In 2003, Paul Chang noticed a series of Washington Post articles about counterfeit drugs entering the convoluted US pharmaceutical supply chain. As he began to think about how RFID
could reveal illicit points of entry for counterfeit medications, he learned more about the industry's complicated pricing
schemes, distinct distribution channels, and poorly monitored chargeback procedures.What he realized: RFID could drive business
value even as it combatted counterfeiting. Chang began talking to FDA about RFID, and has been actively discussing anti-counterfeiting
initiatives with the agency ever since.
Pharm Exec: You've spent a lot of time talking to FDA. What problems will RFID solve for the agency that, say, barcodes won't?
Paul Chang: The primary concern of FDA is to promote unique serialization, which means that every bottle of medication should have a
unique ID number to identify it. The problem with barcode is that it's too easy to counterfeit. Counterfeiters can already
mimic the bottle, the pills, the cap, the filling system, and the label. So for them to counterfeit a barcode would be fairly
easy, right? They merely scan and print, and they can counterfeit. And then if the data carrier for that unique ID is counterfeited,
the system reading the barcodes won't know the difference.
And RFID can't be counterfeited?
RFID has some inherent features that make it very, very challenging to counterfeit. The memory chip itself has a unique number
that the manufacturer burns in at the silicon foundry. Let's assume Philips processes a wafer and creates 10,000 chips. For
each chip, they burn in a unique number, like ABCD. Later, the drug manufacturer writes an electronic product code (EPC),
another unique number on that chip. Let's say that number is 1234. So the chip's number reads "ABCD1234."
When a counterfeiter buys RFID tags, they can write the EPC, 1234, on a chip. But what they cannot do is replicate the foundry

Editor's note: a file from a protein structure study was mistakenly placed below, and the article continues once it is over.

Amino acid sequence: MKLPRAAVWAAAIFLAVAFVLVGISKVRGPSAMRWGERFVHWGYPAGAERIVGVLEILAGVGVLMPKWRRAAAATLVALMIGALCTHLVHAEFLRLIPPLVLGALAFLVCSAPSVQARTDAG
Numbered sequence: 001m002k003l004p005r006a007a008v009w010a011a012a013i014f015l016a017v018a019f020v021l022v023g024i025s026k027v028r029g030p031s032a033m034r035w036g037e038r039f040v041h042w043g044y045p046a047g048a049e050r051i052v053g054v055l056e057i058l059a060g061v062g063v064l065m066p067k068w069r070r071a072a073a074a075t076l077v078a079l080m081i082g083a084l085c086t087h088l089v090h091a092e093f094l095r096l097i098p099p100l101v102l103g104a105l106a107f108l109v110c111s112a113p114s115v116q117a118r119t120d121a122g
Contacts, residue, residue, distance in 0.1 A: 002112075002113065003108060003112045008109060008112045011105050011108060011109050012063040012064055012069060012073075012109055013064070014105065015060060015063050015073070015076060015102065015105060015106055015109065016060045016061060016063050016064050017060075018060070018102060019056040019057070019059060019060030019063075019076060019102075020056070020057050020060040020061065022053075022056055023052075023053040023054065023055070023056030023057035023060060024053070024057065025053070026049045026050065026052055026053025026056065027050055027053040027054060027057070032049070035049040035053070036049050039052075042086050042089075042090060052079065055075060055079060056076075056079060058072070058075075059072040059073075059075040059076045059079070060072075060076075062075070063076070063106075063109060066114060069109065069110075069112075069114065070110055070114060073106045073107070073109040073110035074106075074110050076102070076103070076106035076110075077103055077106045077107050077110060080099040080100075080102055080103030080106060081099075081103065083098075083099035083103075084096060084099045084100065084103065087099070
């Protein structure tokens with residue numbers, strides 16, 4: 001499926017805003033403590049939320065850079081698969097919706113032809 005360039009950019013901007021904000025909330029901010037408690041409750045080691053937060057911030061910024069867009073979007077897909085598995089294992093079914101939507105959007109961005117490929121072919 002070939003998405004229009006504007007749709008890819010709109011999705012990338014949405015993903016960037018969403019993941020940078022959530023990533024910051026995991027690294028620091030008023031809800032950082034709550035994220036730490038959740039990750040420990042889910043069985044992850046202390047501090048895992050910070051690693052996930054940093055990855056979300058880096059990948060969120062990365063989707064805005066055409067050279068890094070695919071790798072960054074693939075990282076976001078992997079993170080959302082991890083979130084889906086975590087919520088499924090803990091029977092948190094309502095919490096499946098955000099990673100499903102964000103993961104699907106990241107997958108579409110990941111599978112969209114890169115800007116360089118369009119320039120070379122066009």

number, ABCD. So by matching those two numbers, you've created a unique number in the supply chain. The manufacturer has
a record of the EPC number and its matching serial number for every bottle of medication, so when someone in the supply chain
reads the RFID tag, it would ping back to the manufacturer's database. They would realize, "Hey, 1234 should have been written
on the ABCD chip, but this one says EFGH."
This sounds like a very expensive system.
It depends on what you mean by expensive. Actually, RFID is expensive to apply but cheap to read, and barcode is cheap to
apply but expensive to read. The RFID tags have inherent costs. Let's say it's 20 cents a tag. Barcode is pretty much free—one
or two cents. But barcode forces all of the supply-chain partners to have line-of-sight readers and read bottles one at a
time, which is expensive.
The big-three wholesalers are moving about 2.5 million bottles a day through the supply chain. That would be a significant
burden if they had to read every bottle with line of sight. With RFID, they can take cases of bottles and just run them through
a tunnel. They get over 99-percent accurate reads from all of the individual bottles in a matter of seconds. So barcode, while
it costs only two cents to apply, could cost many dollars downstream because people have to manually read the tags. RFID might
cost 20 cents now, but there's virtually no cost downstream to read the events.
The FDA's anti-counterfeiting program is the main driver now, but are there other supply-chain benefits for pharma?